What is Pop It, Top It you ask?  Well, it is exactly what it sounds like.  You pop the popcorn and top it with yummy goodness.  This is one of those ideas that I wish I would’ve thought of. 

I was lucky enough to receive a sample of Pop It, Top It; Candy-coated, Sninkerdoodle-flavored popcorn.  It is an easy and unique snack. You basically pop the popcorn in the microwave; put the candy coating in the microwave to melt it; drizzle it over the top of the popcorn; stir it together; and top with the “S” topping, which is basically a cinnamon mix.   

The first time I made this was with some girlfriends and we missed the last step of pouring it onto wax paper and letting it cool completely (I blame the vino).  We dove right in!   It was warm, gooey, very sweet, and very cinnamony.   (Maybe too cinnamon; and we didn’t even use all of the “S” seasoning.) 
My friend, Michelle, enjoying the warm Pop It, Top It
The second time I made it, I followed the instructions all the way until the end and allowed it to cool completely.  It was also really good.  I kind of liked it both ways equally.  The warm way was good and and gooey; and the cooled off version reminded me a little bit of caramel popcorn with an entirely different flavor.  Both versions were hard to stop eating; I had to step away from the bowl slowly and leave it alone.

I love this idea and I hope they come out with some new flavors.  I think a turtle version would be awesome with chocolate, caramel, and cashews.   Or a savory version, like a parmesan and herb concoction or something.  

Definitely kudos to these two local best friends, Mary and Maggie, for coming up with such a unique item that would make the perfect hostess gift for the holidays. 

You can buy it online for $7.00 here: or you can try to get your local retailer to carry it by going here: .  I always like to support local business owners.  I want everyone to be successful, especially when they are doing something they are passionate about.  And if the store decides to carry it, they will send you a dozen of their products free.   Win, win.  


Wednesday, October 9, 2013

Cooking with Cereal

I’m not quite sure how I’m going to top my day yesterday, but I am sure that I will never look at cereal the same way again.  Yesterday, I had the pleasure of spending the day at General Mills playing with cereal.  

The day started out with a tour of the photo studios; where they photograph all of the recipes, products, and cookbooks.  I found myself dreaming of being a food stylist, and having serious envy over the prop room.  Yep, there are whole rooms dedicated to props for the photos.  What color and size of plate would you like?  Take your pick.  How about napkins?  Well there are about 50 shades of orange.  How fun to have all of these accessories at your fingertips.  General Mills proved to be quite the playground (and I haven’t even talked about the test kitchens yet).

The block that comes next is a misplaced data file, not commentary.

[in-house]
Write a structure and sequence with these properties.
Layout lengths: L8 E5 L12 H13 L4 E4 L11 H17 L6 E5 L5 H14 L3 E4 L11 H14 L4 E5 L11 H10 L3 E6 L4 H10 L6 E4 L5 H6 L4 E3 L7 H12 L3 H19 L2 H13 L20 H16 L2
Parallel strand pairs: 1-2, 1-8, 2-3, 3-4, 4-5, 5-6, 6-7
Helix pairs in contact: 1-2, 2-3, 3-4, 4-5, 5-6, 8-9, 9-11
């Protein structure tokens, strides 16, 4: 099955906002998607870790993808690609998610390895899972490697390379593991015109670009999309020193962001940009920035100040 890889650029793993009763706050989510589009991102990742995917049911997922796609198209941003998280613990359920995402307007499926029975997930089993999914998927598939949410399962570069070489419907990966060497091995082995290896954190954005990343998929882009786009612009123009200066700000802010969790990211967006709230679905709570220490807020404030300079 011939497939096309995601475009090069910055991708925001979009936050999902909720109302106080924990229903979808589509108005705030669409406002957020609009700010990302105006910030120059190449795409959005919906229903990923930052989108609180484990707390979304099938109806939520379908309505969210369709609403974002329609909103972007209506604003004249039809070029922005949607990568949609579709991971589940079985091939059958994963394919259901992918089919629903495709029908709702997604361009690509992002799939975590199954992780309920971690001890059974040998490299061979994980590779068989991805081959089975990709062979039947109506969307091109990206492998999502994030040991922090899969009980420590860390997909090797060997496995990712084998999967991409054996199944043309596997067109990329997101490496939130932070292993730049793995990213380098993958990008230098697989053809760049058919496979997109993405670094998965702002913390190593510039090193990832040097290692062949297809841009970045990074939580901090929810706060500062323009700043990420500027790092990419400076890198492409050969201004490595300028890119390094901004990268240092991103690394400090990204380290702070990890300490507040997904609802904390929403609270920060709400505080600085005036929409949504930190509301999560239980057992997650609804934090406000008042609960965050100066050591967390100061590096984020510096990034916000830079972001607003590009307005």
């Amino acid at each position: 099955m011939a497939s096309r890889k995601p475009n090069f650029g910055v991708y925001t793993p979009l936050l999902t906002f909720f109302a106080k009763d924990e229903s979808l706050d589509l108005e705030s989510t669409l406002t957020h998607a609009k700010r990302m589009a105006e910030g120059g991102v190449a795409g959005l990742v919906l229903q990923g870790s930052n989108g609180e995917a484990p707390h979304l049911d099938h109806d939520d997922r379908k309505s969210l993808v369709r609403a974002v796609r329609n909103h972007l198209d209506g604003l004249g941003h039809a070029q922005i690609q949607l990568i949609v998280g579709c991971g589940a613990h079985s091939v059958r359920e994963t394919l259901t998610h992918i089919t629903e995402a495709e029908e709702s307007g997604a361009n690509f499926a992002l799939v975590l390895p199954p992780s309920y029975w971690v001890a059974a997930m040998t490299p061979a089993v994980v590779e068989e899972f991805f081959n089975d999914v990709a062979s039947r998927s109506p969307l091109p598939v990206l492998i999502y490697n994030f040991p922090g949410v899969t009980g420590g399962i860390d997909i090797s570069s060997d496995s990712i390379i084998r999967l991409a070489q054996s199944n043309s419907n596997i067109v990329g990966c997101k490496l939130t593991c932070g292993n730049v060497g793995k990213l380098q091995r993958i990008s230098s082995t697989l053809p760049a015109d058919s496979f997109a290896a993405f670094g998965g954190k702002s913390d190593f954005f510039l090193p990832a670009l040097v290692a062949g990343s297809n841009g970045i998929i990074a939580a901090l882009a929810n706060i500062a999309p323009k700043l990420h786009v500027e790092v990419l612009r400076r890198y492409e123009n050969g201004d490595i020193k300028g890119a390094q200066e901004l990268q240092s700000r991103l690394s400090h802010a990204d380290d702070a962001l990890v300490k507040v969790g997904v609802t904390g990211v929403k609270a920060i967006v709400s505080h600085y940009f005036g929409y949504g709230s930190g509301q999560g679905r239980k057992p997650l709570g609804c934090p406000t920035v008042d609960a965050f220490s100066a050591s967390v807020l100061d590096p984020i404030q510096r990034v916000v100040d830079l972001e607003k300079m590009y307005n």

After the photo studio, we ventured to the archive room.  They have everything possible documented in there.  It was really cool to see all of the history preserved and so well organized.   And it was interesting to see some of the crazy products they had back in the day. Warm beef beverage anyone? 

Look Closely.... I'm not sure what the question is but I'm sure the answer is cake.  Answer Cake = Brilliant!

Then came a tour of the test kitchens….   Can you believe that some employees actually have their own kitchen as their office space?   Sure beats a traditional cubical (by far). 
Test Kitchens
Next up = lunch.  We were able to sample some great “cereal” dishes created by chefs.  They were very creative and tasty.  

My favorite dishes were:
Golden Grahams Fried Chicken with Hot Honey Drizzle
Cocoa Puffs Carbonara
Cinnamon Toast Crunch French Toast
Corn Chex Chilaquiles
Find the recipes for the above items here:

After lunch, we (myself and 5 other food bloggers) were let loose to play in the test kitchens and create our own cereal creations.
How amazing is this view? 
I had debated banana bread with peanut butter, chocolate chips and Reese’s Puffs, and then I debated a coffee cake or apple crisp using the Cinnamon Toast Crunch in the crumble on top.  But when I saw the plethora of ingredients at our disposal, I decided to go the savory route with Asian meatballs.
Amazing Selection of Ingredients to Choose from

These are the ingredients I selected for the meatballs:  Ground pork, beef, and veal; Shitake Mushrooms (chopped and sautéed); Garlic (minced and sautéed); Yellow Pepper (diced); Onion (diced); Cilantro (chopped); Ginger (minced); 1 egg; and Rice Chex (put into food processor).

I mixed all of that together and then formed the meatballs and sautéed them in a pan with olive oil, drizzled a little honey on top of each one, and finished them in the oven.

Action Shot  (photo by General Mills)
Action Shot from Above (photo by General Mills)
I had planned to make a Hoisin sauce but it turned out that Hoisin is the one ingredient they didn’t have. Therefore, I made a random sauce with every other ingredient I could find.  I added soy sauce, BBQ sauce, Ketchup, peanut butter, honey, garlic, Siracha, pepper and then reduced it.  It ended up being really salty from the soy sauce, so I had to add a cup of water and reduce it some more.  I wasn’t 100% pleased with it but ran out of time and decided it was “good enough.”  I drizzled the sauce over the finished meatballs, and topped them with my crunchy mix.